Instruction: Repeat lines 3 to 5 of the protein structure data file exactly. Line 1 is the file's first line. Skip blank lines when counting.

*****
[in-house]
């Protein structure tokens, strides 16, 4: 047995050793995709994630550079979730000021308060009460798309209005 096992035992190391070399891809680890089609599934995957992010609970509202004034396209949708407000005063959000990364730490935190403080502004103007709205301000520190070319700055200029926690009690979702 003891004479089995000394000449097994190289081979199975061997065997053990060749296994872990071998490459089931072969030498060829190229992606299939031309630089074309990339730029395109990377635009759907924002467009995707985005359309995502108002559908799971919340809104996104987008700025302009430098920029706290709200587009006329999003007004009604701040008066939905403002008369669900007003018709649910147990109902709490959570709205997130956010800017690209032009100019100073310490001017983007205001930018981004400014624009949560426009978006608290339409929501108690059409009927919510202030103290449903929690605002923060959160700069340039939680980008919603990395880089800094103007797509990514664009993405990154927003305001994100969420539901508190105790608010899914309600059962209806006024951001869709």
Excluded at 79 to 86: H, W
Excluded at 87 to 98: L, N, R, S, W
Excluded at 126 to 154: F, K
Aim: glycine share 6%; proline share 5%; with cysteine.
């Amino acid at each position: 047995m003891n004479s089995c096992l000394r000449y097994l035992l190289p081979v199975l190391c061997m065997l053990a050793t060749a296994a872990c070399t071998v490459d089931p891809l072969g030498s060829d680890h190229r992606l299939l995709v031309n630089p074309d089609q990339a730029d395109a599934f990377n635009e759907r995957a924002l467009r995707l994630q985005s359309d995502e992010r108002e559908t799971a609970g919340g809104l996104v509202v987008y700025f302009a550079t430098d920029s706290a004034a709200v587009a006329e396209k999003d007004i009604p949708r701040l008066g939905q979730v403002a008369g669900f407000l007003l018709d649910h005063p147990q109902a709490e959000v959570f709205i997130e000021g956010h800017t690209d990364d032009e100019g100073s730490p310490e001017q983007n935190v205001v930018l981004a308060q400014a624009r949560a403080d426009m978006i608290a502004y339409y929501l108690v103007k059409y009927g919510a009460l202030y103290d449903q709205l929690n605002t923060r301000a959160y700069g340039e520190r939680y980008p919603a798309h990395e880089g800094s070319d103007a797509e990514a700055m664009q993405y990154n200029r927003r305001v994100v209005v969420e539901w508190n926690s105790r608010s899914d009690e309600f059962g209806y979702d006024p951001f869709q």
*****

Excluded at 79 to 86: H, W
Excluded at 87 to 98: L, N, R, S, W
Excluded at 126 to 154: F, K